Are We Failing Our Boys? – The Crisis in Education

Are you asking if there is a crisis looming? Are boys falling behind? And if so, what’s happened to our boys to make them fail and fall behind? What is the cause of this education crisis?

The answer is that our current system of education has abandoned boys, devoting so much time to educating boys and girls identically that the results are ignored. Are boys to blame because they are not the same?

To begin, there is a problem in education that very few know exist.  There is a crisis in educating boys worldwide and it is based on the neglected fact that boys and girls learn differently. Their crisis is magnified by a modern education system that favors the biology of girls rather than boys. Our public, and most private schools, do not focus on this science and therefore they do not incorporate it in teaching boys and girls.

Facts Tell the Story

  • Boys are more likely to get lower grades than girls, more likely to get suspended, expelled, diagnosed and prescribed ADHD medication, and be placed in special education programs.
  • Boys will soon make up only 40% of the graduates from college.

Michael Gurian and his writings are at the pinnacle of the field we are discussing here. His books on how boys and girls learn differently are road maps to the science, techniques, methods, and best practices in the field of education today. He is a prolific author and has written some 24 books in the field of education, parenting, and psychology of boys and girls. Gurian Model Schools are trained on boy-friendly strategies and tactics; however, there are fewer than 20 model schools in the country! If you want to understand how policy impacts this crisis, check out Christina Hoff Sommers’ book The War Against Boys, How Misguided Policies Are Harming Our Young Men or Michael Thompson’s work in this field.

Boys are Repeating Grades at an Alarming Rate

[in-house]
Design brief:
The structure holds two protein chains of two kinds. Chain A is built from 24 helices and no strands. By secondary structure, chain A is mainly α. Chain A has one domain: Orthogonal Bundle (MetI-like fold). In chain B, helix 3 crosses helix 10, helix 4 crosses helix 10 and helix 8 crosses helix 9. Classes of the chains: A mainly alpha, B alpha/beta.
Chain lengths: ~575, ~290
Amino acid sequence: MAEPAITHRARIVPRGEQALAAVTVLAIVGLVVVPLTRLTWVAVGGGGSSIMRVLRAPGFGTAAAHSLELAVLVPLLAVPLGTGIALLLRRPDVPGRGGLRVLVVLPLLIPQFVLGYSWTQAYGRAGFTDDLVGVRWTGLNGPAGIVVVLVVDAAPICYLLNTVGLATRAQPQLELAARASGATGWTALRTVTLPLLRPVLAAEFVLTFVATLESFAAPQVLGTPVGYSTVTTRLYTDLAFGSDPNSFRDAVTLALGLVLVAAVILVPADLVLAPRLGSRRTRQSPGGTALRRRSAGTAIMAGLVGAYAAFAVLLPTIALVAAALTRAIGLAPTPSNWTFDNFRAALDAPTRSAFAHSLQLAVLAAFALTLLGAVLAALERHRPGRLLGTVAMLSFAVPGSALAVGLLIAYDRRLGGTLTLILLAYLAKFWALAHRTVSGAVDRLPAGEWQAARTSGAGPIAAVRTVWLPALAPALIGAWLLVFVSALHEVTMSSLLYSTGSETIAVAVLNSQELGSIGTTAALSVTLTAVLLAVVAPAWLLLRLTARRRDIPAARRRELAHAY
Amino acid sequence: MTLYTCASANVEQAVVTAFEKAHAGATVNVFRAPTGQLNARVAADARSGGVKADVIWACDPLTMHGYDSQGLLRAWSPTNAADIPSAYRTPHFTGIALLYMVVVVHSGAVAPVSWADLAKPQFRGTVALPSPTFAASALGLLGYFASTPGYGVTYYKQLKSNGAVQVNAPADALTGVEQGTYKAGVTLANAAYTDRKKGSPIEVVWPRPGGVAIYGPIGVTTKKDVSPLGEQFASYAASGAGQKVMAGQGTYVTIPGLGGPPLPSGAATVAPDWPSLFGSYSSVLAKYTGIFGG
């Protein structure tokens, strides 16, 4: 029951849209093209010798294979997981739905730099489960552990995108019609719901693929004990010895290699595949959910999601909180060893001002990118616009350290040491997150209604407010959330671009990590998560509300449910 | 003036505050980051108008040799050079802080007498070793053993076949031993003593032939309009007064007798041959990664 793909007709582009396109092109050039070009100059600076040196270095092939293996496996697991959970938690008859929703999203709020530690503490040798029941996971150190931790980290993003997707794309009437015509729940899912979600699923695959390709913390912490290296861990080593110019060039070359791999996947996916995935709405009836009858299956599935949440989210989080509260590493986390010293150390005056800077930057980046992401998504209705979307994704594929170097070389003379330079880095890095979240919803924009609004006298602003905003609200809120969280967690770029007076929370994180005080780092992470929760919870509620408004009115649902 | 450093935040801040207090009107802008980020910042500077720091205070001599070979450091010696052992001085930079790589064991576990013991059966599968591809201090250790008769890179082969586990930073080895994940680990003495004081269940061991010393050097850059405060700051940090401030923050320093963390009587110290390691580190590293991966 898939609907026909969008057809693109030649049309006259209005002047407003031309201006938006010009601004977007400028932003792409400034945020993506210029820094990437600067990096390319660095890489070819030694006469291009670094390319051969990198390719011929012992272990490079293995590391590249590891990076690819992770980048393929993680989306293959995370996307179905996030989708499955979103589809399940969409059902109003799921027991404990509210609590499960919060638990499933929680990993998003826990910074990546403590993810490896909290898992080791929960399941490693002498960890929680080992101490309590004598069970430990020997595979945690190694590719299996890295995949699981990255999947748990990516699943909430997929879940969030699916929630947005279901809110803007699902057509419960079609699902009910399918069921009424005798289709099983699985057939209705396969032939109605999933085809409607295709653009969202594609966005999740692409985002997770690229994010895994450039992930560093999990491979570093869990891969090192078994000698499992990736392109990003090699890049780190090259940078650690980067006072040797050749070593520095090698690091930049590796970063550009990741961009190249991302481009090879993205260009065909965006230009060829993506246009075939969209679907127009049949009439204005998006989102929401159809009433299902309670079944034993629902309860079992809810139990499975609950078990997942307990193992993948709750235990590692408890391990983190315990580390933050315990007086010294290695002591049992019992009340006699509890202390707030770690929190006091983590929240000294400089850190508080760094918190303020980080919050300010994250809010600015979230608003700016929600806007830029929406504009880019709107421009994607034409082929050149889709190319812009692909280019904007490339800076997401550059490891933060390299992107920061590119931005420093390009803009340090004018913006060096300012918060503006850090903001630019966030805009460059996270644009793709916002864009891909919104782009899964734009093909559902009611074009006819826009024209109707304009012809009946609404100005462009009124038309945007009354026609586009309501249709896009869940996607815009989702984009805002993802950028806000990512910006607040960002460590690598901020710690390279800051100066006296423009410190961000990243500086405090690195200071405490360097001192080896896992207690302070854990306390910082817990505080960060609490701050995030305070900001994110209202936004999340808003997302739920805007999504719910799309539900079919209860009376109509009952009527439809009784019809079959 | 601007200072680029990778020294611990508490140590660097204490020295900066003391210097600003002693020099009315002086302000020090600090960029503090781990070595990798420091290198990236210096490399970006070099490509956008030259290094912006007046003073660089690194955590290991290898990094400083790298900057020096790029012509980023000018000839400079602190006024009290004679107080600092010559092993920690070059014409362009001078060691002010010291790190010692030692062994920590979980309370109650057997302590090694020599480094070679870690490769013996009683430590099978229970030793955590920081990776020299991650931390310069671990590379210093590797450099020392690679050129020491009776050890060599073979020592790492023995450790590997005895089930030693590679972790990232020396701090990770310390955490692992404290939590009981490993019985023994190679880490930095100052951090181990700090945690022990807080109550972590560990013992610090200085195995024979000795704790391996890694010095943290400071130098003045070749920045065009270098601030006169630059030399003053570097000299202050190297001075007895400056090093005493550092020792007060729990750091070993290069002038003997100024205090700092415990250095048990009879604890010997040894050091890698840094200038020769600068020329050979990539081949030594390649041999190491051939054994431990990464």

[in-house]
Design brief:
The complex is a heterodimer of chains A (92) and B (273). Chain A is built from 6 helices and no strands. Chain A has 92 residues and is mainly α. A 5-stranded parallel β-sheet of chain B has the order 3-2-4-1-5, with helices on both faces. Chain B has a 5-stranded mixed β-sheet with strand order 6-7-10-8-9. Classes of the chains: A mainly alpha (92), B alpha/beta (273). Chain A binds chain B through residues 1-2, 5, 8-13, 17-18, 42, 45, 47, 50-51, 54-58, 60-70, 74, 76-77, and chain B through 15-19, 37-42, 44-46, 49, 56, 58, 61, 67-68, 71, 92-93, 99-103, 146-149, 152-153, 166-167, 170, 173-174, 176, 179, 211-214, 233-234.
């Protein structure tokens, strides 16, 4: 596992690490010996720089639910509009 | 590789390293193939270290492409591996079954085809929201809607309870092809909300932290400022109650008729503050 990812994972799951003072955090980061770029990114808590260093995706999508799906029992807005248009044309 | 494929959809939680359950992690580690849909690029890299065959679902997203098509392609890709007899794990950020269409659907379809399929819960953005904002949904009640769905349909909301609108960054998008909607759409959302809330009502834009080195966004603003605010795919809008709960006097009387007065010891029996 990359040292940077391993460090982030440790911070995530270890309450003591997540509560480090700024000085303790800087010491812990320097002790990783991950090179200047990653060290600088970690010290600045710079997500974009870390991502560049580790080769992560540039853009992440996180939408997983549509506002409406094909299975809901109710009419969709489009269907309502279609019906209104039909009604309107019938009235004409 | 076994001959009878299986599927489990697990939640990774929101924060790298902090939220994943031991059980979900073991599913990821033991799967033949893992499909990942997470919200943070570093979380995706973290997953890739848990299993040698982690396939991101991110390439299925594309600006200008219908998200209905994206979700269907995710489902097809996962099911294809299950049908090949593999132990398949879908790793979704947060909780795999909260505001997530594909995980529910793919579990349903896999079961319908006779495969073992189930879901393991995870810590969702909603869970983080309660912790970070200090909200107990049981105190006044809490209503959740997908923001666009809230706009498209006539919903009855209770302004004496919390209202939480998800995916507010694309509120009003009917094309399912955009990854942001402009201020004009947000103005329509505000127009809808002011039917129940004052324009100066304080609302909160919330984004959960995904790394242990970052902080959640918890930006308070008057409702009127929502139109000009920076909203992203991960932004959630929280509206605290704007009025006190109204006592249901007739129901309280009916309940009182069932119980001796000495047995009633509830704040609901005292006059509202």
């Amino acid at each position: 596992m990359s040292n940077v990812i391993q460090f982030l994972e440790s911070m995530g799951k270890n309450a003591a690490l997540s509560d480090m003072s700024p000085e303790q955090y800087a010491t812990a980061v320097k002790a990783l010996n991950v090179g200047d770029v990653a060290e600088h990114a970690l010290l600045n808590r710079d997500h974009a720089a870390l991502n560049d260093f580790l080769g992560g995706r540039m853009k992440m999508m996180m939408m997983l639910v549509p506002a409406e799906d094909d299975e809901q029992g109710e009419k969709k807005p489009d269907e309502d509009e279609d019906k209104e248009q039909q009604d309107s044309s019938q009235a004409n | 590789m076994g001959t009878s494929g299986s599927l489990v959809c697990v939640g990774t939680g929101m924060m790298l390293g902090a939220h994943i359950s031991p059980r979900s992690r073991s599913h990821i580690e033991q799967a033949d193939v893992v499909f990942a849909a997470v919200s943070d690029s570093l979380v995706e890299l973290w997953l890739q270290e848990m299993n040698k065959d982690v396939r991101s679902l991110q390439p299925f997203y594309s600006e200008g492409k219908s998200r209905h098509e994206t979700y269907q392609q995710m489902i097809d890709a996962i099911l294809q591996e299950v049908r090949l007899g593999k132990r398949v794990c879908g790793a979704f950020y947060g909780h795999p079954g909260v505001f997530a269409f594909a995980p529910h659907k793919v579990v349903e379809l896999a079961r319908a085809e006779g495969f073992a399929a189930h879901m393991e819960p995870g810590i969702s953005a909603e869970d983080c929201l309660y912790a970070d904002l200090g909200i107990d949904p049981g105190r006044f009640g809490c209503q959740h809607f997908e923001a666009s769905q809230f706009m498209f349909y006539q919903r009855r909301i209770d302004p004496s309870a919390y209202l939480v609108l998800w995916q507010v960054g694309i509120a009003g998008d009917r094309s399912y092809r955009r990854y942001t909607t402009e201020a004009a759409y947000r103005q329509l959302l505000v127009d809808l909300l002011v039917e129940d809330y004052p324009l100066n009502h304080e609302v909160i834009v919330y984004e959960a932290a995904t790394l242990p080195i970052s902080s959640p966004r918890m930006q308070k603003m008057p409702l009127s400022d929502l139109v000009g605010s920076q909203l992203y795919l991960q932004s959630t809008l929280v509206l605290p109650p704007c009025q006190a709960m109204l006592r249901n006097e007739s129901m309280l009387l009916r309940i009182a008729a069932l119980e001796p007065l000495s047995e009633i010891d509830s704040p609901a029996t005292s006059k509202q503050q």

• For every 100 girls who repeat kindergarten, 194 boys repeat kindergarten.1
  • Boys are 50% more likely to be held back a grade than eighth-grade girls.3

The Gap in Reading and Writing

  • The National Assessment of Educational Progress or NAEP notes the gap between girls and boys is most pronounced in eighth grade, with the average eighth-grade girl writing at the level of the average eleventh-grade boy.4
  • For every 100 girls 6 to 14 years old who have difficulty doing regular schoolwork, 176 boys have difficulty doing regular schoolwork.1
  • Nearly twice as many boys as girls have trouble reading, are diagnosed with language disabilities, and are referred to special education classes.7
  • 41% of children in the United States are not reading at a basic level by third grade, and a majority of them are boys.2

Quick Fixes that Don’t Work – Labels, Medication, and Special Ed

  • For every 100 girls 3 to 5 years old with a developmental delay, 154 boys are developmentally delayed.1
  • Boys make up two-thirds of special education classes.5
  • Boys make up 70% of medicated preschoolers and kindergarteners.6

Homework, Test Scores, and Grades are Crushing Boys

  • In 2007, the average GPA of boys taking the SAT was 3.42 while girls had an average of 3.54.8
  • Males earn 70% of “D”s and “F”s and 40% of “A”s.12

Boys Get into Trouble for Being Boys

  • Boys constitute 95% of children diagnosed as hyperactive.9
  • For every 100 girls suspended from public elementary and secondary schools, 215 boys are suspended. 1
  • For every 100 girls expelled from public elementary and secondary schools, 297 boys are expelled. 1
  • For every 100 twelfth-grade girls who engaged in a physical fight on school property, 226 boys got into a fight.1
  • Although there are many gifted but under motivated girls, the actual ratio of non-achieving males to females is 8 to 1.11
  • Of high school dropouts, 80% are males.13

What Can We Do to Solve the Crisis?

  1. Know the differences present in boys’ and girls’ DNA.
  2. Find a school that is boy smart, boy-friendly, and celebrates boys.
  3. Reignite boys’ passion for learning, key ties to motivation, confidence and success.
  4. Create schools that focus on values, virtues, character, and leadership to help boys forge great futures.

 

References:

1 Tom Mortenson, Pell Institute

2 Michael Thompson, Ph.D. and Teresa H. Barker, It’s a Boy, p.201.

3 Michael Gurian with Kathy Stevens, Boys & Girls Learn Differently, p.36.

4 Michael Thompson, Ph.D. and Teresa H. Barker, It’s a Boy, p.211.

5 Ibid, p.189.

6 Michael Gurian with Kathy Stevens, Boys & Girls Learn Differently, p.122.

7 Michael Thompson, Ph.D. and Teresa H. Barker, It’s a Boy, p.186.

8 Michael Gurian with Kathy Stevens, Boys & Girls Learn Differently, p.307.

9 Ibid, p.35.

11 Michael Gurian and Kathy Stevens, The Minds of Boys, p.255.

12 Michael Gurian with Kathy Stevens, Boys & Girls Learn Differently, p.308.

13 Michael Gurian and Kathy Stevens, The Minds of Boys, p.22.